‘Not far enough’ – RIBA responds to the consultation on Approved Document B
The Royal Institute of British Architects (RIBA) has today, Thursday 18 October 2018, responded to the Government’s consultation on Approved Document B.
The aim of the consultation from Government was to clarify the official guidance by improving usability and reducing the risk of misinterpretation by those carrying out and inspecting building work.
The RIBA is disappointed that the limited scope of ‘clarification’ has not yet been met. The latest draft has gone some way towards providing a more navigable and useable document but there are significant areas in the guidance that remain fairly impenetrable, such as the section on unprotected areas. It is expected that a much-called for further comprehensive review will take place with a lengthy consultation and evidence gathering process, but in the meantime leaving designers without clear prescriptive guidance and putting projects and future building users at risk.
Jane Duncan, Chair of the Expert Group on Fire Safety says, “It has been sixteen months since the devasting tragedy at Grenfell Tower and the public are still waiting for answers that will guide the industry. Although the consultation seeks to partially address a lack of clarity, it falls short of making any significant changes. A review of Approved Document B has been necessary for years and this simply isn’t enough to ensure that buildings are safe for the public.
We are deeply concerned however that the further, more adequate review will be a lengthy process. We urge the government to resource this review sufficiently to enable a swift and thorough update so that the guidance includes the recommendations that we and others have been calling for.”
The RIBA Expert Group on Fire Safety set out four key recommendations for baseline prescriptive requirements:
- Non-combustible cladding – significant products in external wall construction for existing or new buildings over 18m in height must be certified ‘non-combustible’ (European classification A1) products only.*
- More than one means of escape – in all new multiple occupancy residential buildings, a requirement for at least two staircases, offering alternative means of escape, where the top floor is more than 11m above ground level or the top floor is more than three storeys above the ground level storey (as required for commercial buildings).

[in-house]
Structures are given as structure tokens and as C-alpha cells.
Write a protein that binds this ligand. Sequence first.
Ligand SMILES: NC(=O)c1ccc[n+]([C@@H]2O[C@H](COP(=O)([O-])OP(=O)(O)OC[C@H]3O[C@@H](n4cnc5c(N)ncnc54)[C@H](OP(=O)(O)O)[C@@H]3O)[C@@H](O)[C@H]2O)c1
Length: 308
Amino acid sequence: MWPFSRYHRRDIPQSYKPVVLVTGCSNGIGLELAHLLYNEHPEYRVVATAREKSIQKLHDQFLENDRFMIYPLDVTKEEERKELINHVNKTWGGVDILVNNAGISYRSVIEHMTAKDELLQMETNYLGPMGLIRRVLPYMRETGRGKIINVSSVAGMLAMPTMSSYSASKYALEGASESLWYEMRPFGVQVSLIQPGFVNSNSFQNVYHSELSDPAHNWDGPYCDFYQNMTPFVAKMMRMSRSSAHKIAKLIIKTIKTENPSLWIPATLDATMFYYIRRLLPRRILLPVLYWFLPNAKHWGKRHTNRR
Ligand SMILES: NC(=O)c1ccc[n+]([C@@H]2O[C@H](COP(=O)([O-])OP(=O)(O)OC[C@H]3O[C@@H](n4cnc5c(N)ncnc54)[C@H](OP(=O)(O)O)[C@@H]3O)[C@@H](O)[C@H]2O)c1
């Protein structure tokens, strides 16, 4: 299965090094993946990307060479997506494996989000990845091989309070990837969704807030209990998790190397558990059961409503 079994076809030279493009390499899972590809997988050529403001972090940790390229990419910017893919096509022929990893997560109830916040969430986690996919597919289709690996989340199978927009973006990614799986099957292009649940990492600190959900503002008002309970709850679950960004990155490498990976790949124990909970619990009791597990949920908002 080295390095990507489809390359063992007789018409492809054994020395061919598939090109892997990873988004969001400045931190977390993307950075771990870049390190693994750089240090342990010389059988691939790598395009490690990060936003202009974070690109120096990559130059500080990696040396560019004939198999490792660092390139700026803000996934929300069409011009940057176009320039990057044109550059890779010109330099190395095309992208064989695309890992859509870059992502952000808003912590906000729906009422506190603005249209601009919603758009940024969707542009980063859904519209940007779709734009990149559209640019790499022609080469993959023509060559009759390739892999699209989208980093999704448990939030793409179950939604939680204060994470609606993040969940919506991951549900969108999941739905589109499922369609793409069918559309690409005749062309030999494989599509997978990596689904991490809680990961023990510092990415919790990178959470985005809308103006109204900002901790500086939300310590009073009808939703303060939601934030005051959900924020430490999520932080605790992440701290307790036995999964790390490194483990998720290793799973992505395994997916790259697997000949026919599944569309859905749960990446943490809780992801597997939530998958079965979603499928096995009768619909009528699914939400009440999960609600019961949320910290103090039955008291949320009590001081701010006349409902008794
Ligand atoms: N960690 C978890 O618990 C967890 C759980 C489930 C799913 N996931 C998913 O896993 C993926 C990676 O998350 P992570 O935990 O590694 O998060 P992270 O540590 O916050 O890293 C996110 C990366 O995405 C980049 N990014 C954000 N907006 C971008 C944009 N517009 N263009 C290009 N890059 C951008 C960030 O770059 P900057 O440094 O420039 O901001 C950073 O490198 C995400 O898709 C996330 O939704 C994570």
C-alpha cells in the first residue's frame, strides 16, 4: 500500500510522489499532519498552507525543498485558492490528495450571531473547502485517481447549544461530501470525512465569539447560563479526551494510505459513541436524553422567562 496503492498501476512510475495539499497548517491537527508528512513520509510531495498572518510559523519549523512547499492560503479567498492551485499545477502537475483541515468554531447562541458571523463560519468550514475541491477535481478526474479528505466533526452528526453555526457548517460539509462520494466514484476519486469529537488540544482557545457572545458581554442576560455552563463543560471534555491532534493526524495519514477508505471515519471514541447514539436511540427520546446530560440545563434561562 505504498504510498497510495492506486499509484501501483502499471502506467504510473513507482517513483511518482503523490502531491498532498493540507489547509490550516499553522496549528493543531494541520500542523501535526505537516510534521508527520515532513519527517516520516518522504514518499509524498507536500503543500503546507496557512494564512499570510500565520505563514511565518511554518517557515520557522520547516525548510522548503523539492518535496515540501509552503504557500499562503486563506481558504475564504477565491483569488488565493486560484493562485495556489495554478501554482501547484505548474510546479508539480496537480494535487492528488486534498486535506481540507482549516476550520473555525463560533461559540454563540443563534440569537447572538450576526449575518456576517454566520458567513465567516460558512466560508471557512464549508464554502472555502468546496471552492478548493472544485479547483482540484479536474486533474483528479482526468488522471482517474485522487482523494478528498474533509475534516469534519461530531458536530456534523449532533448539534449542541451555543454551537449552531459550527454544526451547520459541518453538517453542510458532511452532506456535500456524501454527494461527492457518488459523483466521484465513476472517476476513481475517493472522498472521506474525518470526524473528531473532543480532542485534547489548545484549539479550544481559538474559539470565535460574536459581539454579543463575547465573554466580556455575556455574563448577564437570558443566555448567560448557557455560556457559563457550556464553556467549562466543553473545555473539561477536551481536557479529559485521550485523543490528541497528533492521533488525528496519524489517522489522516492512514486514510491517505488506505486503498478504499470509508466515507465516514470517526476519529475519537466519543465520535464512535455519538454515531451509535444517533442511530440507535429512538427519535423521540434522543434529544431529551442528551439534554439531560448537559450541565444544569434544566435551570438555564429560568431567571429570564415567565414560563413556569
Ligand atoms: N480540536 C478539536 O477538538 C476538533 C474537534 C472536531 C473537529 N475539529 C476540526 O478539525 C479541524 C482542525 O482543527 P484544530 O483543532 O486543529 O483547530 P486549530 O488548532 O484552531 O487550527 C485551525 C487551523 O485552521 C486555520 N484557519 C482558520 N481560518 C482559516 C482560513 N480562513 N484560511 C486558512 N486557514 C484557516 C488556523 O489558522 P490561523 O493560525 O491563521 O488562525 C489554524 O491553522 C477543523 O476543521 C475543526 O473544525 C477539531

- Sprinklers – retro-fitting of sprinklers / automatic fire suppression systems and centrally addressable fire alarm systems to existing residential buildings above 18m from ground level as ‘consequential improvements’ where a building is subject to 'material alterations'.
- Mandatory requirement for sprinklers/automatic fire suppression systems and addressable central fire alarms in all new and converted residential buildings, as already required in Wales.
Notes to editors:
*To ensure clarity is provided to the industry the RIBA recommends that the ban should apply to plasterboard, sheathing boards, insulation, spandrel panels, outermost cladding products and large systems that protrude from the buildings walls such as balconies and briese soleil only. The European Classification A1 should be used rather than A2 (with the exception of plasterboard) for these products, to protect against production of smoke and flaming particles/droplets. Following the government announcement to apply a ban using the lower classification (A2), the RIBA recommends that this be strictly limited to A2-s1, d0. This would ensure very limited smoke production and no flaming particles/droplets from permitted products. See the RIBA consultation response for more information.
1. For more information about how the RIBA has responded to the Grenfell Tower fire, see here.
2. For further press information contact Abigail.Chiswell-White@riba.org +44 (0)20 7307 3811
3. Read the RIBA’s full response to MHCLG.
4. The Royal Institute of British Architects (RIBA) is a global professional membership body that serves its members and society in order to deliver better buildings and places, stronger communities and a sustainable environment. www.architecture.com. Follow us on Twitter for regular RIBA updates www.twitter.com/RIBA